Should there mandatory sentences for Corporate Fraud?

Discussion in 'Archived Threads 2001-2004' started by Reginald Trent, Jul 11, 2002.

  1. Reginald Trent

    Reginald Trent Screenwriter

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    I believe there should, given the impact of corporate fraud on the country ie job losses due to layoffs, firings etc.
     
  2. LewB

    LewB Screenwriter

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    I'm just guessing here but I have to believe that there are already laws on the books regarding this type of fraud. My biggest gripe about this situation is that these characters keep most if not all of the money they've 'earned' during their tenure. I'd like to see every penny they've made on stock options, bonuses and the like taken and placed into a fund that is then divided among the workers who eventually pay for their boss's greed with their jobs.
    The only real way to teach a rich person a lesson is to make them a poor person.
     
  3. Todd Hochard

    Todd Hochard Cinematographer

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    I don't know that there needs to be mandatory sentencing, but there needs to be sentencing- period.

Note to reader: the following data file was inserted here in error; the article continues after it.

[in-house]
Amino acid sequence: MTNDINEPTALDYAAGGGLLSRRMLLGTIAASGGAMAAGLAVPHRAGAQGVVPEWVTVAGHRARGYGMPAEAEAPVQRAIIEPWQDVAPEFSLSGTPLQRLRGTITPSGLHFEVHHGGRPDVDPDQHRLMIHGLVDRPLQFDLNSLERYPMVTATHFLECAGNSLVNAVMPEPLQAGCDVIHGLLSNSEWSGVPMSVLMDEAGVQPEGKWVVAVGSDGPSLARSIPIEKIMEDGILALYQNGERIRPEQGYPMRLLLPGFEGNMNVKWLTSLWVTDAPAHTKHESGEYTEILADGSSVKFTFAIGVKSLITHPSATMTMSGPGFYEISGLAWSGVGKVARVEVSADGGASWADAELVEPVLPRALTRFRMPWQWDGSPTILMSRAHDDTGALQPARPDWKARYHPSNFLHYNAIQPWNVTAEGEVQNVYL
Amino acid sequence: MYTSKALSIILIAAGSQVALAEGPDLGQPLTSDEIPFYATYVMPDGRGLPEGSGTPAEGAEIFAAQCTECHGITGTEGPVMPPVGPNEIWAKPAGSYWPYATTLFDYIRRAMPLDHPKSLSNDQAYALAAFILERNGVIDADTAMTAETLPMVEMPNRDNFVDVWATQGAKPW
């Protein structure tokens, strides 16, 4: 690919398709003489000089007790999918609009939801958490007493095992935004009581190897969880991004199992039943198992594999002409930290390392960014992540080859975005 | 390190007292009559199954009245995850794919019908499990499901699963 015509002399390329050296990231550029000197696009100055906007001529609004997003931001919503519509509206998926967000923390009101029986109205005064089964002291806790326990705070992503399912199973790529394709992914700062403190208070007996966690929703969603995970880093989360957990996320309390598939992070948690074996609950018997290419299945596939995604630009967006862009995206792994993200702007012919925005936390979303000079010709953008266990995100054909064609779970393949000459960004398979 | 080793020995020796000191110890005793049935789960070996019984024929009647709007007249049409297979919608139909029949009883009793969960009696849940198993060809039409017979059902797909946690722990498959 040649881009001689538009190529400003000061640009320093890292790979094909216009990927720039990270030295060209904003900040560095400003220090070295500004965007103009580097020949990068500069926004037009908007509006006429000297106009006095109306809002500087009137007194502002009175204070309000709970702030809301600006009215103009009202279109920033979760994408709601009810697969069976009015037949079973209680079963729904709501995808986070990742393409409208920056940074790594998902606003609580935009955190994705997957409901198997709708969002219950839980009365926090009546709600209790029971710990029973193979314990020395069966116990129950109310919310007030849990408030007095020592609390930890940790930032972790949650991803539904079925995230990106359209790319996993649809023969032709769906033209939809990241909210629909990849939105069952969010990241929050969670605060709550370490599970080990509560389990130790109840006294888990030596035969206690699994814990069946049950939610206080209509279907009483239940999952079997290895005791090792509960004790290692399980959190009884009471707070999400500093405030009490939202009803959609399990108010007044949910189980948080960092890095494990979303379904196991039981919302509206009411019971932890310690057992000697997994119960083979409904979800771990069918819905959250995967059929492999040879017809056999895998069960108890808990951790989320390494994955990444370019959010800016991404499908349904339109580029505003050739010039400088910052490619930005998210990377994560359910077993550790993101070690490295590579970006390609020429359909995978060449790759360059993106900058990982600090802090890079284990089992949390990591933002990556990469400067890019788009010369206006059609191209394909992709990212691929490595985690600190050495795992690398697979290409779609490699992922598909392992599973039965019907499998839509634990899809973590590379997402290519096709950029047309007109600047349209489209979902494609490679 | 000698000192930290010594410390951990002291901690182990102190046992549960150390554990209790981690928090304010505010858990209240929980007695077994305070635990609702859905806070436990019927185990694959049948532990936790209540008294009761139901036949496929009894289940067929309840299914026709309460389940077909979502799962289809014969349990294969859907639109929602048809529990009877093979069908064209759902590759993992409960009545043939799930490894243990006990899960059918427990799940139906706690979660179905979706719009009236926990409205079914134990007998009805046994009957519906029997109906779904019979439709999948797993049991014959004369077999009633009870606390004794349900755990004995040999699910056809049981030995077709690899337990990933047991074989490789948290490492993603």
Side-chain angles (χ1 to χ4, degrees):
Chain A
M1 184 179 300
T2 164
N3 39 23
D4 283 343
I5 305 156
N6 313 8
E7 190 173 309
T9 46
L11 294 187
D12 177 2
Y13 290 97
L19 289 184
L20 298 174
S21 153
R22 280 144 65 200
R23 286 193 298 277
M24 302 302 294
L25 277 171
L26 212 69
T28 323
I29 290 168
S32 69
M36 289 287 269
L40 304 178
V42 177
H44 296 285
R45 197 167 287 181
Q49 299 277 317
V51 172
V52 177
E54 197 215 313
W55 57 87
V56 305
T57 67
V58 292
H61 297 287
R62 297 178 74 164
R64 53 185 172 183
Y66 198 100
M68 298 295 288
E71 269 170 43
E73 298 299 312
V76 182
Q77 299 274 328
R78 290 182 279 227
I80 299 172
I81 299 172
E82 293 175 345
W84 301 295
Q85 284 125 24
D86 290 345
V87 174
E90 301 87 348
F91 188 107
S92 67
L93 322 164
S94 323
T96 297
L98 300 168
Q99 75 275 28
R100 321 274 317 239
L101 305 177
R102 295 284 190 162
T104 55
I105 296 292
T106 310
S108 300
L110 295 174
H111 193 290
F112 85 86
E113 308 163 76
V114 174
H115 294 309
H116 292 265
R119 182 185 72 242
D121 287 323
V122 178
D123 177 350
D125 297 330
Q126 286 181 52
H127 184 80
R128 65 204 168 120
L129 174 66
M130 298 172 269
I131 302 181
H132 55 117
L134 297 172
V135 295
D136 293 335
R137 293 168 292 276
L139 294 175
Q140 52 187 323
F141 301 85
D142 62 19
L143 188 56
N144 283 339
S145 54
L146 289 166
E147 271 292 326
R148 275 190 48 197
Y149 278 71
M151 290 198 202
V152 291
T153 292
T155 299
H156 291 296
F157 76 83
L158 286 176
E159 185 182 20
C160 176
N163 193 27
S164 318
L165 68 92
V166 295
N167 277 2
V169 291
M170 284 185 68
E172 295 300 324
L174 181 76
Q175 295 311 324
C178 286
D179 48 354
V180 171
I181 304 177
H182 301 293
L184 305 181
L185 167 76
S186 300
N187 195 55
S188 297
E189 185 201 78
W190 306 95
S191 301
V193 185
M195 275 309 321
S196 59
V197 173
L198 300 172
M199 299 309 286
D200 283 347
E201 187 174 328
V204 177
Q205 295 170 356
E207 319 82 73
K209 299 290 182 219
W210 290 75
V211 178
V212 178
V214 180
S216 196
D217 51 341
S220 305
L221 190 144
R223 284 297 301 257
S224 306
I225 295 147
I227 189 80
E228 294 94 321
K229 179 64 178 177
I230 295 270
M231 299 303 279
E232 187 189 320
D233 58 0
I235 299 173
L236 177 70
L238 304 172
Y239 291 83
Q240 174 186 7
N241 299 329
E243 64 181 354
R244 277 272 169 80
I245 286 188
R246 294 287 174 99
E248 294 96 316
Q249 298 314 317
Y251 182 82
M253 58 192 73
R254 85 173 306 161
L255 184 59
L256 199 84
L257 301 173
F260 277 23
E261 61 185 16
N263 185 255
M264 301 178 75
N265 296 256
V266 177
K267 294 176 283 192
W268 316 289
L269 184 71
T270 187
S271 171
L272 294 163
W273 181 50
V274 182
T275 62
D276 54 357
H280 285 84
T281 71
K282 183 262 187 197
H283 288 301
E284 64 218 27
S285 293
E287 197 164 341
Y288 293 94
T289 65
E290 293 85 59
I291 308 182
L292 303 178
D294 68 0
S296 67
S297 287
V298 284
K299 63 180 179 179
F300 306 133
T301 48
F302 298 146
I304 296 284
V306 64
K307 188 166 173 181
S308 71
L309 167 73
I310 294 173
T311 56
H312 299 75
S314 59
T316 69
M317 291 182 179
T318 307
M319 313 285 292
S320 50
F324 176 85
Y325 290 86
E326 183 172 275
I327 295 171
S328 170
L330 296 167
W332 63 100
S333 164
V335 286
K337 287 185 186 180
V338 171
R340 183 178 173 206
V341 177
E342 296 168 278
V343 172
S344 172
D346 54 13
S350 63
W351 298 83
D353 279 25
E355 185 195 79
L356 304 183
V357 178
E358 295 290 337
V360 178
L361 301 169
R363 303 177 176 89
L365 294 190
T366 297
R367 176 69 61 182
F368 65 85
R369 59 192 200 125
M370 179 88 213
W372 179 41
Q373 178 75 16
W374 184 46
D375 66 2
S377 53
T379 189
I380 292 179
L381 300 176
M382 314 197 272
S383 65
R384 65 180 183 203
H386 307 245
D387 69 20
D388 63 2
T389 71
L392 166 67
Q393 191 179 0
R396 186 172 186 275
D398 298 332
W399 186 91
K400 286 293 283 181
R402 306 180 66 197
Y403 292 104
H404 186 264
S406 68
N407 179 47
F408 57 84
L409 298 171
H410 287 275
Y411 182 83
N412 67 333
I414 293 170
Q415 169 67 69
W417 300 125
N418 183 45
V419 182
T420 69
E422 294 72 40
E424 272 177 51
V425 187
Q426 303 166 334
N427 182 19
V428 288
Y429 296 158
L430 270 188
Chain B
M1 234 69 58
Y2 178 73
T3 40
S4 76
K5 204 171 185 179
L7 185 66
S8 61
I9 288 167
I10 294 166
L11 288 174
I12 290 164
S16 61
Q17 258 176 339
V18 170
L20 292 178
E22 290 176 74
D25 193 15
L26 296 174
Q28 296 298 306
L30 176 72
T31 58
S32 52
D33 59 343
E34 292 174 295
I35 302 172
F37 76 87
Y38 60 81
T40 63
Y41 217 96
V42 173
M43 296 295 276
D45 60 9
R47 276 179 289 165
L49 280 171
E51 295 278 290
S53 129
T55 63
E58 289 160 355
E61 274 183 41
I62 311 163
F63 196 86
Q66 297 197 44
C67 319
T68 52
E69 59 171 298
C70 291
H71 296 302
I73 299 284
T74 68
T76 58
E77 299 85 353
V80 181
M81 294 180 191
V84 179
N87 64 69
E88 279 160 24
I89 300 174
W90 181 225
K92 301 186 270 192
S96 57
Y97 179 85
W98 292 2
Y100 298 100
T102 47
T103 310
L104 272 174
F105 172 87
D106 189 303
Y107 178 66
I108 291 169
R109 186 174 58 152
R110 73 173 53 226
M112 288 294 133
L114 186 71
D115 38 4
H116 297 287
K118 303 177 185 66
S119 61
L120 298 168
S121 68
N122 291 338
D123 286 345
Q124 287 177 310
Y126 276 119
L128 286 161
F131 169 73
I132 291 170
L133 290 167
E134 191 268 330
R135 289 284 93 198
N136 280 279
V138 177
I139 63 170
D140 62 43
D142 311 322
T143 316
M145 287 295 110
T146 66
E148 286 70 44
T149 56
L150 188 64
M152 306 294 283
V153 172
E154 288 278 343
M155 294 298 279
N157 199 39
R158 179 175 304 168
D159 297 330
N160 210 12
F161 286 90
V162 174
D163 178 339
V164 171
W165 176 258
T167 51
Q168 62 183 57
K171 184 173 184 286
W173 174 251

Re: Enron and Arthur Andersen- I'm sure that they have a laundry list of names who worked on the "creative accounting" (the average Joe calls this Theft- but that's too common a word for rich crooks[​IMG] ). THESE people need to be incarcerated, under the current laws. No new laws- use the existing ones. Simply finding a company guilty doesn't do anyone any good.
    True Story- there was a guy on my sub (back in the day[​IMG] ) that used to carry this little book with him. If you got on his bad side, he wrote your name in the book. One day I asked him what it was for. He said "if, for whatever reason, the sub is sinking, and we're all going to die, I'm going to kill these people first." Very matter-of-fact.
    I wonder if people like Ken Lay and Andrew Fastow are on anyone's "short list."
    Todd
     
  4. Glenn Overholt

    Glenn Overholt Producer

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    I'll second Lew's opinion. We have the laws, just not the right sentencing. I'd prefer to have a convicted person's assets, (and I mean all of them here) liquidated and divided up among the workers. This should not be done under a bankruptcy law though. If the judge had a total amount for his assets and fined him/her that amount, they could declare bankruptcy and get to keep some. What should happen is that they sould be left with a $1000 and whatever they can carry (clothes and stuff) on them. No car - and drop them off in a not so hot district of a large city. No leeching off of friends, either.